China has awoken to the unpleasant news today (31 March 2016) that the nation's sovereign credit rating has been downgraded by international ratings agency Standard & Poor (S&P).
The body has cut the country's rating from stable to negative, although it has maintained china's AA- standing.
A statement from S&P read: "Our outlook revision on Hong Kong reflects our similar action on the People's Republic of China ... which reflected economic imbalances in China that are unlikely to diminish at the pace we previously expected."
In its latest full trading session, the Chinese Shanghai Composite Index delivered a marginal upturn of 0.12% in value, although this session was completed prior to S&P's announcement.
Elsewhere, Australia's ASX All Ordinaries Index delivered a concerted uplift of 1.38%. However, the positivity for major Asian markets stopped there, as losses were recorded for both the Hong Kong Hang Seng Index (down 0.13%) and the Japanese Nikkei Stock Average 225 (down 0.71%) on Thursday.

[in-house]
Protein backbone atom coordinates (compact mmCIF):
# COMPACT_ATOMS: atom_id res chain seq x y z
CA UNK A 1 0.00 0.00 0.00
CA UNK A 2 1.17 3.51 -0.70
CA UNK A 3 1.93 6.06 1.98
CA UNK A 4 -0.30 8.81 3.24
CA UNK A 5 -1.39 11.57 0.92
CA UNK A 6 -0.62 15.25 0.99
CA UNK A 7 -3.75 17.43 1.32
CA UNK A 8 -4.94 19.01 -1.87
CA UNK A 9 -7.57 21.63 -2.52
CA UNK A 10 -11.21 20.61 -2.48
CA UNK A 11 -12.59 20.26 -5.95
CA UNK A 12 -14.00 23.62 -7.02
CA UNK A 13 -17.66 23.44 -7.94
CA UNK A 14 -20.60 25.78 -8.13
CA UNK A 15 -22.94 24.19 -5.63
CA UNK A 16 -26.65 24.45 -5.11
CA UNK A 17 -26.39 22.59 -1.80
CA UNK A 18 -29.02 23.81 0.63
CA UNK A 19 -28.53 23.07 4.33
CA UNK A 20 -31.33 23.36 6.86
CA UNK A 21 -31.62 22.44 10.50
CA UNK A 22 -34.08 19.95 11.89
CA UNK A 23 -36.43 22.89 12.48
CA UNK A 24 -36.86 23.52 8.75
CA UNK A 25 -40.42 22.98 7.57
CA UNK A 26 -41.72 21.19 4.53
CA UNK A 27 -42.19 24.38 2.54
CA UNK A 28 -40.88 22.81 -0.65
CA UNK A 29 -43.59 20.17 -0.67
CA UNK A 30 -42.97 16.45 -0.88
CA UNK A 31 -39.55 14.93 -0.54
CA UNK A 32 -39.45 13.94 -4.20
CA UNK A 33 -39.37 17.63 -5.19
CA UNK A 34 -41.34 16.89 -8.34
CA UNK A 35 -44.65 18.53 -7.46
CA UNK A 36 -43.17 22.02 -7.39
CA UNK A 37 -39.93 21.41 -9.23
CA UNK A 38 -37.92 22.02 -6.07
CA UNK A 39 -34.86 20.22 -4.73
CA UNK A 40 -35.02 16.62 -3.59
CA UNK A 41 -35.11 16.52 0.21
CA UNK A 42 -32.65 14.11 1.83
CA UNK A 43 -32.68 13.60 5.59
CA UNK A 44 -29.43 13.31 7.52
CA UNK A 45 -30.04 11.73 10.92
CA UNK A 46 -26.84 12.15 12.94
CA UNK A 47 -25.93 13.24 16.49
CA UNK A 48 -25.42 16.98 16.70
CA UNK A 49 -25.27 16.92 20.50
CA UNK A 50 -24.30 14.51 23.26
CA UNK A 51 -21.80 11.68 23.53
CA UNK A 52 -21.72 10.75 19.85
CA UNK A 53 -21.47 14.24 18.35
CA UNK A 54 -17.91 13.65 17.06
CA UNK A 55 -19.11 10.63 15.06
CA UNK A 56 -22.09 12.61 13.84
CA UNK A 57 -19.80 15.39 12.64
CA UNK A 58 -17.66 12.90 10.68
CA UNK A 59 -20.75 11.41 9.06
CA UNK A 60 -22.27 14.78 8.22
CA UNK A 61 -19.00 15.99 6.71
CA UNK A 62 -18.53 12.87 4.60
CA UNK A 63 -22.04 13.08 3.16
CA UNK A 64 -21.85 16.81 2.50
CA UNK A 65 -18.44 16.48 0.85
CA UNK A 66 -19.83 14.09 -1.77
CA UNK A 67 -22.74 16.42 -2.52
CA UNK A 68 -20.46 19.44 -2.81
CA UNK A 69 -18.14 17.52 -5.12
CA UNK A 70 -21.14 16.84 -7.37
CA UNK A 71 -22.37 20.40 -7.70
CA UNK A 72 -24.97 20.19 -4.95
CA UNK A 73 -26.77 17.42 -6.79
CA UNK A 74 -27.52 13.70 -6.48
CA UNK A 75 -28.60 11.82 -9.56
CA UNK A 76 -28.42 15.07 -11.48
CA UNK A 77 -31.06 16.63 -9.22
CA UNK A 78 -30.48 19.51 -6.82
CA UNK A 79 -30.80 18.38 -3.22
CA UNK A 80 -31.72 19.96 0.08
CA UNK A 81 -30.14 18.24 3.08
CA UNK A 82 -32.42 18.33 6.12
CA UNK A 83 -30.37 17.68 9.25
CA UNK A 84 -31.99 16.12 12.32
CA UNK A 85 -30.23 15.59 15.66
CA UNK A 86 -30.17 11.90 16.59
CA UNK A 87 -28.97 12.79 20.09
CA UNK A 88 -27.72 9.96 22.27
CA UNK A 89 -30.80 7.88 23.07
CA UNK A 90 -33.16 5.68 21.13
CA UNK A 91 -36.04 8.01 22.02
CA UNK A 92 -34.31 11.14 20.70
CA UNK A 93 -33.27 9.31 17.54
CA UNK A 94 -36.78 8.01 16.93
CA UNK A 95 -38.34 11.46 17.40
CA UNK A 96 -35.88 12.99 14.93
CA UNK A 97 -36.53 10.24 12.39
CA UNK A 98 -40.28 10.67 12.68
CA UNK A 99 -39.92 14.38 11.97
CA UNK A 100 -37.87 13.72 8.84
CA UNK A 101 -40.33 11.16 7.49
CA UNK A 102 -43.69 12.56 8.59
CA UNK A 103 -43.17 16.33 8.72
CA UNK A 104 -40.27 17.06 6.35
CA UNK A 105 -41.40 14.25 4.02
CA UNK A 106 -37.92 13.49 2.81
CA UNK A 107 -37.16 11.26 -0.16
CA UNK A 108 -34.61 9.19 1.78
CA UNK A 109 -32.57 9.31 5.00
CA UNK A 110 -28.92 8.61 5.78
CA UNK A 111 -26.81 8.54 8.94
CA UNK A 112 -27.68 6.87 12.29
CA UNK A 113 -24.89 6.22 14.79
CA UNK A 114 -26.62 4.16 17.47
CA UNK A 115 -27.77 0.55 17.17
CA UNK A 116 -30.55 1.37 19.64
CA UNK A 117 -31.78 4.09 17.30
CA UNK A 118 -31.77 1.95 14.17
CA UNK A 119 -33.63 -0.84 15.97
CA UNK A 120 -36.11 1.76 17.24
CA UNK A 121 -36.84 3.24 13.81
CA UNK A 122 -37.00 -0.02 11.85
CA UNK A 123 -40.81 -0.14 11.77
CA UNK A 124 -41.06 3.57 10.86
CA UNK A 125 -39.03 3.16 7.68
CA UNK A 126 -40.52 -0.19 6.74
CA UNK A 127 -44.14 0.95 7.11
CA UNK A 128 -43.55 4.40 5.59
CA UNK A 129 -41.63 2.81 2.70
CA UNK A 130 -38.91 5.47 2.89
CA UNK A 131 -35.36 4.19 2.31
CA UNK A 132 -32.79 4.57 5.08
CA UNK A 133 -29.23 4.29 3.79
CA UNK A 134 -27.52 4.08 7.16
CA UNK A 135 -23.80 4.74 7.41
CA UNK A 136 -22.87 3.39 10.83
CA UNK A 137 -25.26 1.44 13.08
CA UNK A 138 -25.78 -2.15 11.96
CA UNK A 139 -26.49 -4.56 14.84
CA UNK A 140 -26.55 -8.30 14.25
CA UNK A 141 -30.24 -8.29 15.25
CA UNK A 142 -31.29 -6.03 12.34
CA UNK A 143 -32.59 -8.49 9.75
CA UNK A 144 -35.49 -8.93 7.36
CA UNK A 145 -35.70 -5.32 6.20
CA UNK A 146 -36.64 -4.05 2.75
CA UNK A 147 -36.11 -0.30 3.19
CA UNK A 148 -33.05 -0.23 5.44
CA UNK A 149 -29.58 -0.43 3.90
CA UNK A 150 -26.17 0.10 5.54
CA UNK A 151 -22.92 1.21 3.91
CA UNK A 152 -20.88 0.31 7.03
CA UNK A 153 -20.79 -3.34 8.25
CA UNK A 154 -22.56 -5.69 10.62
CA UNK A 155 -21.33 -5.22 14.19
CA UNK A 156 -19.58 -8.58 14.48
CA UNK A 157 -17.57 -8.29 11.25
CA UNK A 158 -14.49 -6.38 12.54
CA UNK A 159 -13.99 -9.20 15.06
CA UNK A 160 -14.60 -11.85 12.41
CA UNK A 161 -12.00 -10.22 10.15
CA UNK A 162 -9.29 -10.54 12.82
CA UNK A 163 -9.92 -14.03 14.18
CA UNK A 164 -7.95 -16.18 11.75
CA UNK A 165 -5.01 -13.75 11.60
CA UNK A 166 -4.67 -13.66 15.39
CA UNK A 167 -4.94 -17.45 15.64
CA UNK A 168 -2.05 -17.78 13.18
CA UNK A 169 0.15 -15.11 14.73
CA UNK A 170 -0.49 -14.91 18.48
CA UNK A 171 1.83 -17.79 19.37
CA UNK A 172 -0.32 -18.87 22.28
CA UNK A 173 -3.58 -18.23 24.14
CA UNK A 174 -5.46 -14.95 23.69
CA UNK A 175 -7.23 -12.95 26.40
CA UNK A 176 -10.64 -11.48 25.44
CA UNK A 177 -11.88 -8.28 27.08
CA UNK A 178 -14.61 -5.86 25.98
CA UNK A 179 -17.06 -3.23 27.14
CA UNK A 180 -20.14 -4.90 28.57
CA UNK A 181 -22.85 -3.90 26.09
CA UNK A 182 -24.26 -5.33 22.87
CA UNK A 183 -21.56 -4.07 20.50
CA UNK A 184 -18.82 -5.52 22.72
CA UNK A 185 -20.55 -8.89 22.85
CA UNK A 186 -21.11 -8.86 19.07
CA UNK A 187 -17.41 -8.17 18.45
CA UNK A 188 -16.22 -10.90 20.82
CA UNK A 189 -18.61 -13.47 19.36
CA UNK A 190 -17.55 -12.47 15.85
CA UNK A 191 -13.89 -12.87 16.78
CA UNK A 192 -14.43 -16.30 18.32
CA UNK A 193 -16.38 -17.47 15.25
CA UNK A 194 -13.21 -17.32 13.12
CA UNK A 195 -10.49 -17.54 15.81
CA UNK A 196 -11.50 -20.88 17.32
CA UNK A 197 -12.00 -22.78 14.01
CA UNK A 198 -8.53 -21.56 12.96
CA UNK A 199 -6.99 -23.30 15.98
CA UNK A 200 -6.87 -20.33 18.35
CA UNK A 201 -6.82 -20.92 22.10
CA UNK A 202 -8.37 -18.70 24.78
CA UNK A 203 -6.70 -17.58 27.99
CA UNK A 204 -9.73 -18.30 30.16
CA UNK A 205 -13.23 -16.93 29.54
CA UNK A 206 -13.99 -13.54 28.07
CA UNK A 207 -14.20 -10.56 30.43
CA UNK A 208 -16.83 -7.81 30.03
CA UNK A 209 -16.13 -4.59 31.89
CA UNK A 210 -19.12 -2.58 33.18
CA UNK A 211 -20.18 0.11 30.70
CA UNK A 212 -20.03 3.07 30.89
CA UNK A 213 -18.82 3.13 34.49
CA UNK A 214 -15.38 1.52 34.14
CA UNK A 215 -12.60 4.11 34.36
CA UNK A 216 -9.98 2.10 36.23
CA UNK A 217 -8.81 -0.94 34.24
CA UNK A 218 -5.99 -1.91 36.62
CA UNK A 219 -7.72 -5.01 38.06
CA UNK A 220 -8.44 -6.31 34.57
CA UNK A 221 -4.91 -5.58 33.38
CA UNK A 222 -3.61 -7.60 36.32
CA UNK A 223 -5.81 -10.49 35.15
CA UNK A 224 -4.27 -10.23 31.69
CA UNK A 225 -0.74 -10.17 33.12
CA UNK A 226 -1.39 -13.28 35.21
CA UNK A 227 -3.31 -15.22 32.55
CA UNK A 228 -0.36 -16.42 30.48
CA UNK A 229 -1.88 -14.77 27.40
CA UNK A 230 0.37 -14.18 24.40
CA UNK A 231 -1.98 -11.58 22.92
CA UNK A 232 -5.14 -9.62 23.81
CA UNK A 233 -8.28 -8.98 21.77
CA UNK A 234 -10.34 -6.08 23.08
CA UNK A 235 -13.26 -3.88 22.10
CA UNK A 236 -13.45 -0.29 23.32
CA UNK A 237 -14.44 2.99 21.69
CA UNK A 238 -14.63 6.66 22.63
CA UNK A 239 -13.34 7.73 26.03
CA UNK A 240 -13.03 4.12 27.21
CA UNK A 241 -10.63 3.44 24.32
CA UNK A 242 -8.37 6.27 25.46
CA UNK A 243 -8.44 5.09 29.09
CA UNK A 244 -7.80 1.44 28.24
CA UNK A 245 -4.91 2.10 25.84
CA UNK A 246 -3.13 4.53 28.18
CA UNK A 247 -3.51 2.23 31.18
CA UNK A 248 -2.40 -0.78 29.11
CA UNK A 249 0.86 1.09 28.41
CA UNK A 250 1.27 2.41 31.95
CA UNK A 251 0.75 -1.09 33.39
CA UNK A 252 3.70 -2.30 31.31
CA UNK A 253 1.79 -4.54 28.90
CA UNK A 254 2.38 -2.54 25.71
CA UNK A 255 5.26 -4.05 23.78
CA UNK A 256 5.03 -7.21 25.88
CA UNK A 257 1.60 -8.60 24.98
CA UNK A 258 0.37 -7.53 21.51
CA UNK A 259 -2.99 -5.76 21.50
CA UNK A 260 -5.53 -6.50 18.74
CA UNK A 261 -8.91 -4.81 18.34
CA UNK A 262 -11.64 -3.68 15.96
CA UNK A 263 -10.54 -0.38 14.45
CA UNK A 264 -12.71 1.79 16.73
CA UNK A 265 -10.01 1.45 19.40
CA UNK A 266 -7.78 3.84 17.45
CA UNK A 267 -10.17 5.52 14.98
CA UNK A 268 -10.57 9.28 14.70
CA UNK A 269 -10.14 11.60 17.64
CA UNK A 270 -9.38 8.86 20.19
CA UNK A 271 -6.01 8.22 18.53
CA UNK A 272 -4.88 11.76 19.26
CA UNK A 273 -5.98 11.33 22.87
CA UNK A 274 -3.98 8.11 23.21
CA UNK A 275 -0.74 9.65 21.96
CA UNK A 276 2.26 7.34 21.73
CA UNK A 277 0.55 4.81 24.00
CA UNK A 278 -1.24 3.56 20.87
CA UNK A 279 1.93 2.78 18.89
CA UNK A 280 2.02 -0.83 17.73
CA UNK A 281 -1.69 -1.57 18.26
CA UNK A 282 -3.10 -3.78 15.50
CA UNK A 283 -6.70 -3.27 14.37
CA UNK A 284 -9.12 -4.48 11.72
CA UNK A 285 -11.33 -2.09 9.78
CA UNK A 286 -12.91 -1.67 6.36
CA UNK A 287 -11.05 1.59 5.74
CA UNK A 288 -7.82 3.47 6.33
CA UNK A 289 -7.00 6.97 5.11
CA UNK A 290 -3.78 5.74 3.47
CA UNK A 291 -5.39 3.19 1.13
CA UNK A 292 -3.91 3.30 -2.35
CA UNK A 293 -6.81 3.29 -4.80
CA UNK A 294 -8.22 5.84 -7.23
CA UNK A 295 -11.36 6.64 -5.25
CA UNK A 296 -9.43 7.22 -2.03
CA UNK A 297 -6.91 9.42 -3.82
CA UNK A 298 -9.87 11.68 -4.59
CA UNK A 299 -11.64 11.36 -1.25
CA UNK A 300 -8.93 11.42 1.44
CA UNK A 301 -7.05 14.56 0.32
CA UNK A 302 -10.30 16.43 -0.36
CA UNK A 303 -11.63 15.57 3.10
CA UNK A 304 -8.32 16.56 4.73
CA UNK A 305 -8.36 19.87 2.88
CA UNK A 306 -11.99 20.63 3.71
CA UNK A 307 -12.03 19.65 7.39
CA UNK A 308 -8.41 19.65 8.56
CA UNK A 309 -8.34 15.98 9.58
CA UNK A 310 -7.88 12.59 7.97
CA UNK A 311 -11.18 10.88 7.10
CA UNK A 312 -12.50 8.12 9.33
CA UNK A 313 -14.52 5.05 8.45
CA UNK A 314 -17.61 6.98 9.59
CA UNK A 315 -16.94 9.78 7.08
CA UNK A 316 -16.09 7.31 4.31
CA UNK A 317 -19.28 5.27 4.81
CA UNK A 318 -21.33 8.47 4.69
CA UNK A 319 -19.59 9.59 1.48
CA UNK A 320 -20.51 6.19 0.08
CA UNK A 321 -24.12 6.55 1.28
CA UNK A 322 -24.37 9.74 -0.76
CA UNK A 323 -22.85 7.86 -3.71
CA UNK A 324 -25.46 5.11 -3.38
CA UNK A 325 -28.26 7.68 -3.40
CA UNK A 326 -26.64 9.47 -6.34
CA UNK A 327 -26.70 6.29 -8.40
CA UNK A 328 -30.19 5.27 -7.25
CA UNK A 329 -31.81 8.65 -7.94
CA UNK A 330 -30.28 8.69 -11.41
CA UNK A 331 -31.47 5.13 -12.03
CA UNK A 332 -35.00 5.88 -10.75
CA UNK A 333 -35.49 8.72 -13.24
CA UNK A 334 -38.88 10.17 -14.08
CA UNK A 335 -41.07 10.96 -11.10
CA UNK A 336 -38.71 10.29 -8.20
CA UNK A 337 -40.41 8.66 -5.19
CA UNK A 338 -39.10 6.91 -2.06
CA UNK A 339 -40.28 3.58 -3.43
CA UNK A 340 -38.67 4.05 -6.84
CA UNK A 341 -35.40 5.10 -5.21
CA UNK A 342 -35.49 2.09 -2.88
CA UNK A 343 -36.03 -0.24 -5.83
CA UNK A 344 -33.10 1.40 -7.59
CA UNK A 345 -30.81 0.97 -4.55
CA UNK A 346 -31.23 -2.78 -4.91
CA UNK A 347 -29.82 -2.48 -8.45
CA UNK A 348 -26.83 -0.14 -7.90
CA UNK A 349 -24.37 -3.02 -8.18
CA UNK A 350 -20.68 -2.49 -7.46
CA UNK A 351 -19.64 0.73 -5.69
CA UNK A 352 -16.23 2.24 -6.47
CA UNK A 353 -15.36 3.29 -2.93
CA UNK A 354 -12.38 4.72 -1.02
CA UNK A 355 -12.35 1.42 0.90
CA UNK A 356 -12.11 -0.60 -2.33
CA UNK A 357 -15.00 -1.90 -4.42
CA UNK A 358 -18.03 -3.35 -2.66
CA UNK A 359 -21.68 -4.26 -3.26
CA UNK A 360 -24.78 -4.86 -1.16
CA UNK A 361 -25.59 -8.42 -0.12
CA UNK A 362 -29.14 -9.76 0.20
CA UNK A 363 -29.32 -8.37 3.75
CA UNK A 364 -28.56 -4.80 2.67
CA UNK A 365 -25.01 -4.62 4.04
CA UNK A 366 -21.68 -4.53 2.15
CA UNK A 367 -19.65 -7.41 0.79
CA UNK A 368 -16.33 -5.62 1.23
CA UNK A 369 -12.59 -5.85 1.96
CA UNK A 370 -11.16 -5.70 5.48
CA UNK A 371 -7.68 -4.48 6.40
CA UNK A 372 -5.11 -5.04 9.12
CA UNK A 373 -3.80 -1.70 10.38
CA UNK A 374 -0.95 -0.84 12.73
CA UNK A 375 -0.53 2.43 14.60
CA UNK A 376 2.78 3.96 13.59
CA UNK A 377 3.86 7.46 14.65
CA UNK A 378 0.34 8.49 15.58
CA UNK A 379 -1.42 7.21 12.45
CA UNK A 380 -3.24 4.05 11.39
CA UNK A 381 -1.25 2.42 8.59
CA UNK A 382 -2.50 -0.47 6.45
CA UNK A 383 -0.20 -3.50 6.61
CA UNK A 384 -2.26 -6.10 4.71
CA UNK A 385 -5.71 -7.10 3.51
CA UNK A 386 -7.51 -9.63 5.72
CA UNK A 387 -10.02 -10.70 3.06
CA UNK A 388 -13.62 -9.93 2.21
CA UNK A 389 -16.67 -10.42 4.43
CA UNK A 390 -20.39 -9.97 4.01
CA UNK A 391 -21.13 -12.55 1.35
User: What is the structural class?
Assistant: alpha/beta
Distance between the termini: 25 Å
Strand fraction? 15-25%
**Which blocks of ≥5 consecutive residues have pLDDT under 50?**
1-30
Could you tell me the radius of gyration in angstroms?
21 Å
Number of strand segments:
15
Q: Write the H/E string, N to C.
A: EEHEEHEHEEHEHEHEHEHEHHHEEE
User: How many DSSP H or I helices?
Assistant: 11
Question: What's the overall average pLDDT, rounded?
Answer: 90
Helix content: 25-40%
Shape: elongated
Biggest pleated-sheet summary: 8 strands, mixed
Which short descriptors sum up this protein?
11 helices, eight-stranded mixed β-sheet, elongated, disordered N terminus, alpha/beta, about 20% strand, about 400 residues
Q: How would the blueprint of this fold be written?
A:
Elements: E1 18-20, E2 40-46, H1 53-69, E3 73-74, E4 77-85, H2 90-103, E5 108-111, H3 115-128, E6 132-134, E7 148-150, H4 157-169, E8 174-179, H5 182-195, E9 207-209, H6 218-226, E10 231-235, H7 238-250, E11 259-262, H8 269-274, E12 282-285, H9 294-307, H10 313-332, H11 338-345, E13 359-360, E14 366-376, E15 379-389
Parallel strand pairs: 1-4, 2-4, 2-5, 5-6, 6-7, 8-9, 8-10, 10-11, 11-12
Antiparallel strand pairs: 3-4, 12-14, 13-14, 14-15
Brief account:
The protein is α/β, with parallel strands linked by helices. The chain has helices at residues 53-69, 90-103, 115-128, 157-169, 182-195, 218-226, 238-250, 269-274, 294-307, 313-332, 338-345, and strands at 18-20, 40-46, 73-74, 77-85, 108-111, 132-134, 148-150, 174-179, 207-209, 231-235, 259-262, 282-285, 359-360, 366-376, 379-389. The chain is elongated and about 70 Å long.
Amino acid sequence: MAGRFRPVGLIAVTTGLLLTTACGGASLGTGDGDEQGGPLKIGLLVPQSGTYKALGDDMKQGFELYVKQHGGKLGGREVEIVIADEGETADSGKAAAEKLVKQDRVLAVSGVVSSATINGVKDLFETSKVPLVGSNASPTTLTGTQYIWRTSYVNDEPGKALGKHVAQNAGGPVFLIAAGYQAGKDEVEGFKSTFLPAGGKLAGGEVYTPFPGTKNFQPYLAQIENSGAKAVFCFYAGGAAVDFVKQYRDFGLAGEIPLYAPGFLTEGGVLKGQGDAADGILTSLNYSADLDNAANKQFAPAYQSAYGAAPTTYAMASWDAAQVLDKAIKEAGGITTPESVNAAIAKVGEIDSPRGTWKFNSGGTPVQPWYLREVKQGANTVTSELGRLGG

This brings a close to a somewhat topsy-turvy quarter, with hopes of a positive start to the new year dashed with heavy losses across Asian markets. This was followed by something of a recovery from mid-February to mid-March, and a final slump in trading as the first three months of 2016 have come to an end.
However, all attention now turns to April and the new financial year, with many high-profile company announcements expected in the coming weeks that could help to once more lift investor confidence and deliver a lasting upturn for Asian market trading.